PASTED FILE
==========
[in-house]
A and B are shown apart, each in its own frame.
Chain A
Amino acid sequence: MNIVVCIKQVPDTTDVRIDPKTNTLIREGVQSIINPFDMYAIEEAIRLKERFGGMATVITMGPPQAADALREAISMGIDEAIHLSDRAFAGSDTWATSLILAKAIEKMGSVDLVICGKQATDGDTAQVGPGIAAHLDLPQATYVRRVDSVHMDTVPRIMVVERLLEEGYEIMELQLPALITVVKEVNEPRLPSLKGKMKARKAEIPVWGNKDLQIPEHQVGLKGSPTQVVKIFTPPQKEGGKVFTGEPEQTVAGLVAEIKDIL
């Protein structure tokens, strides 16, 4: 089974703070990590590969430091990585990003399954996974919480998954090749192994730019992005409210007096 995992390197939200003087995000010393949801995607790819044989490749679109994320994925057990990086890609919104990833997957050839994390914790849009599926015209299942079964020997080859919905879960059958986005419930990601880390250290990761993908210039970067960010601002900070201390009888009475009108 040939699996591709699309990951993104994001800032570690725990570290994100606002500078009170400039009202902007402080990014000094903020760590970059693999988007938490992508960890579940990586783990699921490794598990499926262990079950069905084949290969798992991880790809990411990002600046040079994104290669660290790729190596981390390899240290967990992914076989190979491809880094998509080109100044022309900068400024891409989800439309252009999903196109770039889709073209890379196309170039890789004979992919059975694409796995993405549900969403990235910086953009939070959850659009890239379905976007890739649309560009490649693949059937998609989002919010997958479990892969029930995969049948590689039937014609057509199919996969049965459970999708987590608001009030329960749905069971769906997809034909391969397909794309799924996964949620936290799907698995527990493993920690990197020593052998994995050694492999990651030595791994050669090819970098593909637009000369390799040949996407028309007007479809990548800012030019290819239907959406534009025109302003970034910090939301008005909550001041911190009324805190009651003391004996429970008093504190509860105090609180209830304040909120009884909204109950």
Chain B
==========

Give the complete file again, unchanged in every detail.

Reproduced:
[in-house]
A and B are shown apart, each in its own frame.
Chain A
Amino acid sequence: MNIVVCIKQVPDTTDVRIDPKTNTLIREGVQSIINPFDMYAIEEAIRLKERFGGMATVITMGPPQAADALREAISMGIDEAIHLSDRAFAGSDTWATSLILAKAIEKMGSVDLVICGKQATDGDTAQVGPGIAAHLDLPQATYVRRVDSVHMDTVPRIMVVERLLEEGYEIMELQLPALITVVKEVNEPRLPSLKGKMKARKAEIPVWGNKDLQIPEHQVGLKGSPTQVVKIFTPPQKEGGKVFTGEPEQTVAGLVAEIKDIL
């Protein structure tokens, strides 16, 4: 089974703070990590590969430091990585990003399954996974919480998954090749192994730019992005409210007096 995992390197939200003087995000010393949801995607790819044989490749679109994320994925057990990086890609919104990833997957050839994390914790849009599926015209299942079964020997080859919905879960059958986005419930990601880390250290990761993908210039970067960010601002900070201390009888009475009108 040939699996591709699309990951993104994001800032570690725990570290994100606002500078009170400039009202902007402080990014000094903020760590970059693999988007938490992508960890579940990586783990699921490794598990499926262990079950069905084949290969798992991880790809990411990002600046040079994104290669660290790729190596981390390899240290967990992914076989190979491809880094998509080109100044022309900068400024891409989800439309252009999903196109770039889709073209890379196309170039890789004979992919059975694409796995993405549900969403990235910086953009939070959850659009890239379905976007890739649309560009490649693949059937998609989002919010997958479990892969029930995969049948590689039937014609057509199919996969049965459970999708987590608001009030329960749905069971769906997809034909391969397909794309799924996964949620936290799907698995527990493993920690990197020593052998994995050694492999990651030595791994050669090819970098593909637009000369390799040949996407028309007007479809990548800012030019290819239907959406534009025109302003970034910090939301008005909550001041911190009324805190009651003391004996429970008093504190509860105090609180209830304040909120009884909204109950």
Chain B